- All photos courtesy of Ryan Killackey
Bela Fleck sits quietly backstage tuning a banjo as Abigail Washburn, who happens to be Fleck’s wife, floors the roughly 4500 concert goers that have assembled in the pavilion and on the lawn at Wolftrap on this hot, sunny afternoon in Vienna, VA. Playing a sort of country-gone-traditional-gone-world music mish mash, Washburn and her band belt out songs of love and hope gone wrong in the typical Nashville way…and then she does it all in Mandarin. Known for having her finger on a slightly stranger, more worldly musical pulse her performance is as strong as it is captivating. It’s familiar, yet feels just a little off in all the right ways. After the song, she leaves the stage to swap out her instrument with one Fleck has been tuning. The two flash a smile and then it’s back to the stage to finish out their set while Fleck retreats to the dressing rooms to get ready for their performance later on in the evening..
Such was the tone for this year’s version of Bela Fleck's Acoustic Planet Tour. Familial and assured, it seems that every artist not only shared the common bond of musicianship, but that of family, if only a temporary one. Onstage and behind it, there was a real sense of supportiveness that surpassed the necessity that the show required (individual sets didn’t so much and as flowed into one another) and seemed to be born of genuine affection between this assembled group of musicians. As Washburn’s set neared its end, members of The Carolina Chocolate Drops appeared from the wings to sit in as well as ease into their set. The transition was seamless and would be repeated later. It also offered a unique glimpse into the world of working musicians. These people sit in with people all the time, YOU just don’t usually get to see it.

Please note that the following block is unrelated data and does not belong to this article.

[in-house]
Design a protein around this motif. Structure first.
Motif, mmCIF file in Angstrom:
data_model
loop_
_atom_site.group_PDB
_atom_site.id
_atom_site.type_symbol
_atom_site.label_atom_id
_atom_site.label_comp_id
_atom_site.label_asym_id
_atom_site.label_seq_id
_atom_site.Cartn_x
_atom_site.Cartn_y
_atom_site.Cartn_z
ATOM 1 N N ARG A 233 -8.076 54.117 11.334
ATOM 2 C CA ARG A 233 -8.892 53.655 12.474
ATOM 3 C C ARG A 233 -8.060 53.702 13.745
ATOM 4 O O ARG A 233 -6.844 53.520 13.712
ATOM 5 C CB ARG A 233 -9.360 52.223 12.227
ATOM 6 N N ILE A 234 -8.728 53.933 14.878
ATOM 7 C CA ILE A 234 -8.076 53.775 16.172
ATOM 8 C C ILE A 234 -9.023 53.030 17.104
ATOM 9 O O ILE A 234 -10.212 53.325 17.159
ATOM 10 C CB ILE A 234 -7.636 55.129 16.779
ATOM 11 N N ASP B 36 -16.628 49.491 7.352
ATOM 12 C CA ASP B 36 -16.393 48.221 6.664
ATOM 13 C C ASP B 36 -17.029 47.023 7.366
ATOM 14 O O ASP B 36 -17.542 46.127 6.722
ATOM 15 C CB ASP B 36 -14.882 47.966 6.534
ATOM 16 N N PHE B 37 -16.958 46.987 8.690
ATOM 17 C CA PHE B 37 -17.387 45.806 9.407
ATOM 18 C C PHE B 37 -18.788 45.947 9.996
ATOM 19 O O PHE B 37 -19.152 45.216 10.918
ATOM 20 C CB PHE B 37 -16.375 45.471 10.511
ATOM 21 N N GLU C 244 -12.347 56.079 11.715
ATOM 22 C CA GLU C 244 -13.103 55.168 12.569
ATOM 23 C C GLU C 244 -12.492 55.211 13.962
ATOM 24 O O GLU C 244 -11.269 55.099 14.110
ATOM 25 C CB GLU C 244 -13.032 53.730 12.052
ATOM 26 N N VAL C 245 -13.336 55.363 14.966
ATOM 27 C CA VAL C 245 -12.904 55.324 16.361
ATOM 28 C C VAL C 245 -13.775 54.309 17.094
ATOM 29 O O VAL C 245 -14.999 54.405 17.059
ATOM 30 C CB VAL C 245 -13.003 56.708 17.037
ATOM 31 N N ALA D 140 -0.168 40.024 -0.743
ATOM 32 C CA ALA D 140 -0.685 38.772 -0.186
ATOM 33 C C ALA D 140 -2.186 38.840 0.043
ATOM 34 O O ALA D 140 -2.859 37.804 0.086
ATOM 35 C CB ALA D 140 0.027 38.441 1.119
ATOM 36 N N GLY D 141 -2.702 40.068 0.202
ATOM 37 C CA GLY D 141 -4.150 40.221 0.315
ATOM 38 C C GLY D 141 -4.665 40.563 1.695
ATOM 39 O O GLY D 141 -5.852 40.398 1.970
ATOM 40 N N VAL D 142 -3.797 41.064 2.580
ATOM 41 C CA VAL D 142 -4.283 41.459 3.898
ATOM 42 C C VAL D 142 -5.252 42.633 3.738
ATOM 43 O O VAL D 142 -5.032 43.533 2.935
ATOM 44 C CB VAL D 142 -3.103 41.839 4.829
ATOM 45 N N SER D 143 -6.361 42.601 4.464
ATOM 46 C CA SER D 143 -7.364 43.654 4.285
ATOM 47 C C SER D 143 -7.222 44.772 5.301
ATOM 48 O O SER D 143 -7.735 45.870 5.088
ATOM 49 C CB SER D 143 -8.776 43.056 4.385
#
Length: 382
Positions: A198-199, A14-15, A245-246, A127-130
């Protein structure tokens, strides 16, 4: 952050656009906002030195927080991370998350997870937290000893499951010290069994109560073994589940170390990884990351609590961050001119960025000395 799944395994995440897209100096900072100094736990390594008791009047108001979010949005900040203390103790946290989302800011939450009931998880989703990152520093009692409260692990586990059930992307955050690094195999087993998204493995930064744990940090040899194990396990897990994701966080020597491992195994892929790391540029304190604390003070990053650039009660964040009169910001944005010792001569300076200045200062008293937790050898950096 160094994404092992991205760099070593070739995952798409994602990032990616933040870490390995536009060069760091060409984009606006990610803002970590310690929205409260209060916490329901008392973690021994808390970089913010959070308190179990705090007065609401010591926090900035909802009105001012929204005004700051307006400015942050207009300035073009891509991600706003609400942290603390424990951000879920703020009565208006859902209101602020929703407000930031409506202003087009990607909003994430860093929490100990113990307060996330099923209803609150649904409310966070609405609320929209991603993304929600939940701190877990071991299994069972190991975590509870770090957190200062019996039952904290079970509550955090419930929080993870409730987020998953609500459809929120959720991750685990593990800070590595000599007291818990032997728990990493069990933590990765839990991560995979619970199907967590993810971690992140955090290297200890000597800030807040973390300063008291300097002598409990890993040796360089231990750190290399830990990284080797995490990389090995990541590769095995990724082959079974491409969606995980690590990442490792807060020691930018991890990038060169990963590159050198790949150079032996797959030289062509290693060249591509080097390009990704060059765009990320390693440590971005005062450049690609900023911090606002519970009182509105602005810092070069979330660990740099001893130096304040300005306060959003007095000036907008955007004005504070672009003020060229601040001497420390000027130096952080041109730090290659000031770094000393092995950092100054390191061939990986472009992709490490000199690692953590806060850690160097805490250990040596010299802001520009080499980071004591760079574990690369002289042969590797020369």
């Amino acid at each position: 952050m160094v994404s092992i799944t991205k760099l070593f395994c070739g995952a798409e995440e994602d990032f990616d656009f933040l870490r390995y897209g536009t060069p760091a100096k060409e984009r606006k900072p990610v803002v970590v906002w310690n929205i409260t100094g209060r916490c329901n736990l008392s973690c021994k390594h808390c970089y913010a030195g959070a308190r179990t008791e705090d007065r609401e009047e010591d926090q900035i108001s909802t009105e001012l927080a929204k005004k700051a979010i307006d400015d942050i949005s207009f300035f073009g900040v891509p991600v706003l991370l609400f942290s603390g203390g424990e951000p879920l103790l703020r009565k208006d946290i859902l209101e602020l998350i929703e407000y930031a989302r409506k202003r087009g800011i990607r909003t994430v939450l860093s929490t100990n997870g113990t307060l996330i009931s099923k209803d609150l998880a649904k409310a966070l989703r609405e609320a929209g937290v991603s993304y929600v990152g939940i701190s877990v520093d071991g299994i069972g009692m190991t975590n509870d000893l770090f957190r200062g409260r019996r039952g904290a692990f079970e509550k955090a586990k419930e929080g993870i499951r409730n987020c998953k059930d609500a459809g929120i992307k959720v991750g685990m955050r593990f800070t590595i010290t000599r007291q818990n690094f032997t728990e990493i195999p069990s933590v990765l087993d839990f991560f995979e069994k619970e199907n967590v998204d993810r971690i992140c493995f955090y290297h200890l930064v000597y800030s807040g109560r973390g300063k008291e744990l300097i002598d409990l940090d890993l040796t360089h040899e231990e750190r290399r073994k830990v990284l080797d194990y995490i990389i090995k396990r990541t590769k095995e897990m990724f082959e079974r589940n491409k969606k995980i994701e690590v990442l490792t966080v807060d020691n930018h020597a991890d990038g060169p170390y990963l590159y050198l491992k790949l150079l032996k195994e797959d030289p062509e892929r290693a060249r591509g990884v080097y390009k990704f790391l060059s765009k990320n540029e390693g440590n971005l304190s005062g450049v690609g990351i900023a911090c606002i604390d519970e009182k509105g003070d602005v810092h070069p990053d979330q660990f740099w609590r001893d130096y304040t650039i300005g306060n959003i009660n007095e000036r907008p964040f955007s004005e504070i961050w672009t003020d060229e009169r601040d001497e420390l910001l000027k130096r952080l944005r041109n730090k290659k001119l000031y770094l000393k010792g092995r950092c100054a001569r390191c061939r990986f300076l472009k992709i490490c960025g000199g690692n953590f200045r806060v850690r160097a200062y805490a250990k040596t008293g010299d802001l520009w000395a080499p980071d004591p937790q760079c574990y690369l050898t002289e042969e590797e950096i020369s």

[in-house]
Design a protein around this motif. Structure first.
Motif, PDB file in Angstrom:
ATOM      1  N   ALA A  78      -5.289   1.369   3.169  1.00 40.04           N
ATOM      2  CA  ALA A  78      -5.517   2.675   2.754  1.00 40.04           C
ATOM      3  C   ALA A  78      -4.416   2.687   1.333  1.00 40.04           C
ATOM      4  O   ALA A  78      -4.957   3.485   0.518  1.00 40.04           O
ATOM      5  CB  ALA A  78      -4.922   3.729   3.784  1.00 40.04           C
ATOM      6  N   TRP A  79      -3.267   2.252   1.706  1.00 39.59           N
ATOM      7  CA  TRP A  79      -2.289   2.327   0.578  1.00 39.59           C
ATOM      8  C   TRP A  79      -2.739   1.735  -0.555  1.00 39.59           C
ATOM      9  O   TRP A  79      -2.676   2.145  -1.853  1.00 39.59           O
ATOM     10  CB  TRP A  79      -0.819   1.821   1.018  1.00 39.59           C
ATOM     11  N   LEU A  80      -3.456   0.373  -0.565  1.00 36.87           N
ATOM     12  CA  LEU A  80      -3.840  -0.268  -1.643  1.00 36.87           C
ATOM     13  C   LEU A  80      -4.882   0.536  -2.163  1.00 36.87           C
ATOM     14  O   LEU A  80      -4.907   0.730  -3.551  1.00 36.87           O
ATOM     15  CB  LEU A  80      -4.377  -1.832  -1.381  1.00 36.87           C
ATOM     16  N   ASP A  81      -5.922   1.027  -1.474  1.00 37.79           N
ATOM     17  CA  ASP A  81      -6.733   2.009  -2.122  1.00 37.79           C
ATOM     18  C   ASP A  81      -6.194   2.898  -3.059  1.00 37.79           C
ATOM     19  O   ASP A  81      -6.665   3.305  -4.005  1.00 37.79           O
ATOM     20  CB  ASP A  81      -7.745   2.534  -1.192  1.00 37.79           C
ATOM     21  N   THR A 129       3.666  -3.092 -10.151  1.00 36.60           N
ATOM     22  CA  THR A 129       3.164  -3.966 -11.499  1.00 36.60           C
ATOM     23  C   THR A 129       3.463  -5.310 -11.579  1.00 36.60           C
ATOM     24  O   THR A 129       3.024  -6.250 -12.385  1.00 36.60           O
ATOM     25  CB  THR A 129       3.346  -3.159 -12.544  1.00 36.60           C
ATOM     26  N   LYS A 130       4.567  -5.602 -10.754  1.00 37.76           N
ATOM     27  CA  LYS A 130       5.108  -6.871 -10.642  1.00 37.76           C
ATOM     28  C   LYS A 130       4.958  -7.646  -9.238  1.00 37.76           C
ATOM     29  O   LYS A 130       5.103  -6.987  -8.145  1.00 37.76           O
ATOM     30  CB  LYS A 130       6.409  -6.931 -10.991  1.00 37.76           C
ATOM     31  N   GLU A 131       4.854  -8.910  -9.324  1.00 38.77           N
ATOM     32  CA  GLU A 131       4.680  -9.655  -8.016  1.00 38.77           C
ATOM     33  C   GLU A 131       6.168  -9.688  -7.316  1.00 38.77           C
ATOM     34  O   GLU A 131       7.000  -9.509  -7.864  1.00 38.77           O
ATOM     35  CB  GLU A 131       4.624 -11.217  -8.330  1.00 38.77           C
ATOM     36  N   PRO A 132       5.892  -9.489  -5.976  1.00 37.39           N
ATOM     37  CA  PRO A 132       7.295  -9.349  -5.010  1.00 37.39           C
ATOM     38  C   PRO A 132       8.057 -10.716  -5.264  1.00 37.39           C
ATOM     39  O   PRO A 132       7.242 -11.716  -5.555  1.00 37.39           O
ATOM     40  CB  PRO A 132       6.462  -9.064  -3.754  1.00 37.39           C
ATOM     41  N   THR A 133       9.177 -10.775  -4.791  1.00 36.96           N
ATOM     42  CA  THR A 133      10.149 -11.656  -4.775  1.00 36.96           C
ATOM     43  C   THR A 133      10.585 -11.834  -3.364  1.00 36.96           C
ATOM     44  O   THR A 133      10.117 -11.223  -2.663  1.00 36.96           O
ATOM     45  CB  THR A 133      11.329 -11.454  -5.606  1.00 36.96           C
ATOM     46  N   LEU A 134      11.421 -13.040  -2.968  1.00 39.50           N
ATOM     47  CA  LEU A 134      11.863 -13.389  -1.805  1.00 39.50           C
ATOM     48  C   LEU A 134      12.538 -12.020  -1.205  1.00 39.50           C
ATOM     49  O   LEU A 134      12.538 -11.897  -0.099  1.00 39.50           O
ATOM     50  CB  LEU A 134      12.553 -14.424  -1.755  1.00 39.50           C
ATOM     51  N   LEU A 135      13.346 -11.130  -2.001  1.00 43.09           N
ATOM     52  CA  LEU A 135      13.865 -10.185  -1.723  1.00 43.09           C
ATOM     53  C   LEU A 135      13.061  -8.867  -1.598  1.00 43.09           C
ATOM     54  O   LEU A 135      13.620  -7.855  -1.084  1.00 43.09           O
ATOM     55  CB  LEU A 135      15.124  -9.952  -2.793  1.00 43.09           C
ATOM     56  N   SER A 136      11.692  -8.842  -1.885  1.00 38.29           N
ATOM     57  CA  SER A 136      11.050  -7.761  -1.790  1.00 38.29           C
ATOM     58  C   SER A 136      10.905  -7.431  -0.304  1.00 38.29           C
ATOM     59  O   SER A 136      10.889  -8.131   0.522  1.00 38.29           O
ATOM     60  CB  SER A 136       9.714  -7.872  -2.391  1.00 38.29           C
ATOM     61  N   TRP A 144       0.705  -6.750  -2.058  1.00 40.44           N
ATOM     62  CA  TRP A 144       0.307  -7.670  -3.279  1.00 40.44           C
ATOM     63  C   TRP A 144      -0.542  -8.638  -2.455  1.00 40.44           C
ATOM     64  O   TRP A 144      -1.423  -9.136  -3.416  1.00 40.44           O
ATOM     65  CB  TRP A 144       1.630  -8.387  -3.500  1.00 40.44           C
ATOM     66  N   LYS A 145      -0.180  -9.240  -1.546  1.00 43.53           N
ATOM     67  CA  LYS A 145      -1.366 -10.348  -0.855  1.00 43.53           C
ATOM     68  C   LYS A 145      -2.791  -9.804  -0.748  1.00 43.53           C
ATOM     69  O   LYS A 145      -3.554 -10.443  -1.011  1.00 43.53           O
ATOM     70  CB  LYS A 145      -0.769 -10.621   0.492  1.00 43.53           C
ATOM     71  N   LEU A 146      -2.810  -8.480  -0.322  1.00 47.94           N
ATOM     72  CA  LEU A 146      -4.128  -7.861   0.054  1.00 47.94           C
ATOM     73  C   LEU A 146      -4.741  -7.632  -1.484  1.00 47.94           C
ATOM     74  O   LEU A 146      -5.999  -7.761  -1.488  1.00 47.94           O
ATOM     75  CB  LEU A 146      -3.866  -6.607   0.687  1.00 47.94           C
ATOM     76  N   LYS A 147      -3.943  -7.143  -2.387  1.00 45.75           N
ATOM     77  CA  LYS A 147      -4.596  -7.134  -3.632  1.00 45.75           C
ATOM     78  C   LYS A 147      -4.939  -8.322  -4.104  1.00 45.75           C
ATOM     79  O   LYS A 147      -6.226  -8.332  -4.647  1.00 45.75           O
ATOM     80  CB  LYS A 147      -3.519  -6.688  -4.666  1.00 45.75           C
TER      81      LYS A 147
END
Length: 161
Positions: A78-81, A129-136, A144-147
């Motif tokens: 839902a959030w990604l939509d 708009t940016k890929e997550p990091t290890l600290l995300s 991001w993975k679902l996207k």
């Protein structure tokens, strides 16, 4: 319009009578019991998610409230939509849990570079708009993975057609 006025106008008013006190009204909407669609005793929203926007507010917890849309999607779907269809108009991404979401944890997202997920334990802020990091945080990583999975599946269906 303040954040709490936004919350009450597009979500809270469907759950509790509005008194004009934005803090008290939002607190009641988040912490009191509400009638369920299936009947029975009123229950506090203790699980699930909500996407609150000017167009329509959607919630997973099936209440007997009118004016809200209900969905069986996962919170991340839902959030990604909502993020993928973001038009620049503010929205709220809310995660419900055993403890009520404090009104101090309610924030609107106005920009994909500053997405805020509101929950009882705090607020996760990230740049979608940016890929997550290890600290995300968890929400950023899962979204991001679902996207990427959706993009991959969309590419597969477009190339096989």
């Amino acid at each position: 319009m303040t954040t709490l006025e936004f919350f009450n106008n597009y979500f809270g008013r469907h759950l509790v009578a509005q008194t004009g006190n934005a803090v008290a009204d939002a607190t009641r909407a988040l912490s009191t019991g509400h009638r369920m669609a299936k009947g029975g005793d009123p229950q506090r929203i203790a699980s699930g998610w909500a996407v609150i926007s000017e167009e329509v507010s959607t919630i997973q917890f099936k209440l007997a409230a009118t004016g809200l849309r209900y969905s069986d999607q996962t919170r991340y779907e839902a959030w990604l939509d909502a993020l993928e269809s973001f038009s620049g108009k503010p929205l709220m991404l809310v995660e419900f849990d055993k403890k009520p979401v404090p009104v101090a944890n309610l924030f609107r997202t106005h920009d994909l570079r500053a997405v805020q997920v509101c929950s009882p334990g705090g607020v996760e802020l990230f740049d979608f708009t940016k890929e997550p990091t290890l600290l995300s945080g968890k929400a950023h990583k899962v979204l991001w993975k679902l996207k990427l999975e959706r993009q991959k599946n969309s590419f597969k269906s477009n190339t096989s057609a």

Over the years I’ve been able to catch this tour at least a handful of times, and the lineup is always different. It also almost almost always exposes you to someone you might not have heard of otherwise. This year though, the musicians all seemed to just “fit” together. Washburn, The Carolina Chocolate Drops, and Bela Fleck and the Flecktones all share a distinct "offness" in their approach to music. It’s an irreverence that not only defines them but elevates them as artists. As seriously good musicians as Bela Fleck and the Flecktones are (Fleck has been nominated for a Grammy in more categories than any other musician. SERIOUS!) , there has also been a silly, sometimes deeply silly, side to the band and their approach to the music that they've made together over the past 22 odd years. And apparently it’s contagious.
Dressed in traditional Depression Era garb and singing a blues that would do Robert Johnson proud, the band performs on banjo, fiddle, kazoo, clapper, jug, and as if that wasn’t enough they throw in human beatbox? Yes, you read that right. The Drops less rely on the sound of depression era blues as their focus then they do drape it over their music as a backdrop. It’s a subversive and infectious take on not just the blues, but elements of world music, as well as modern pop. It’s also this mad genius approach to their music that, in a few short years, has catapulted them to the Grammy winning position that they sit in today.